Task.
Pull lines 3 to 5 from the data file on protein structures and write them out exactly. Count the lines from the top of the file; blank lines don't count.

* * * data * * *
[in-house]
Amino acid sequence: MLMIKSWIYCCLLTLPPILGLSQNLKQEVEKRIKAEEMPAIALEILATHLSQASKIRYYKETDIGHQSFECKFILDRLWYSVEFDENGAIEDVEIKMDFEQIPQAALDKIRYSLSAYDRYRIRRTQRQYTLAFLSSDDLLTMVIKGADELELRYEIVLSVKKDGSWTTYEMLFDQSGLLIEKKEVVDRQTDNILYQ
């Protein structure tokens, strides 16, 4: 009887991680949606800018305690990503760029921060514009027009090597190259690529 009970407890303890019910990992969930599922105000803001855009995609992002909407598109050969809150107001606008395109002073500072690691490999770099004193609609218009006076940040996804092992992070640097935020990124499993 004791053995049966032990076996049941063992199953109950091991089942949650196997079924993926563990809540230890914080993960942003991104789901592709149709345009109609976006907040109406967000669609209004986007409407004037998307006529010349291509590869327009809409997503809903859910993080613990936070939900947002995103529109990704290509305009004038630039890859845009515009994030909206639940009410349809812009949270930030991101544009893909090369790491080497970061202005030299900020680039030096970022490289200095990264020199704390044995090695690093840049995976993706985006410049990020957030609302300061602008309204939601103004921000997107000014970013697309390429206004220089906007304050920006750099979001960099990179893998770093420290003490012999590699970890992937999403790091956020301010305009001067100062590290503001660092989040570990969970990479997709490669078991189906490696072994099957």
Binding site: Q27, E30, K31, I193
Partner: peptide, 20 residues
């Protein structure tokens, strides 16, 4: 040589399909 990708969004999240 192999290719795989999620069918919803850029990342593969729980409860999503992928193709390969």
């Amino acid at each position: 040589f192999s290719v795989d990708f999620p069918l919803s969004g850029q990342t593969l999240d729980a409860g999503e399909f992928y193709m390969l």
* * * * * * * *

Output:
């Protein structure tokens, strides 16, 4: 009887991680949606800018305690990503760029921060514009027009090597190259690529 009970407890303890019910990992969930599922105000803001855009995609992002909407598109050969809150107001606008395109002073500072690691490999770099004193609609218009006076940040996804092992992070640097935020990124499993 004791053995049966032990076996049941063992199953109950091991089942949650196997079924993926563990809540230890914080993960942003991104789901592709149709345009109609976006907040109406967000669609209004986007409407004037998307006529010349291509590869327009809409997503809903859910993080613990936070939900947002995103529109990704290509305009004038630039890859845009515009994030909206639940009410349809812009949270930030991101544009893909090369790491080497970061202005030299900020680039030096970022490289200095990264020199704390044995090695690093840049995976993706985006410049990020957030609302300061602008309204939601103004921000997107000014970013697309390429206004220089906007304050920006750099979001960099990179893998770093420290003490012999590699970890992937999403790091956020301010305009001067100062590290503001660092989040570990969970990479997709490669078991189906490696072994099957």
Binding site: Q27, E30, K31, I193
Partner: peptide, 20 residues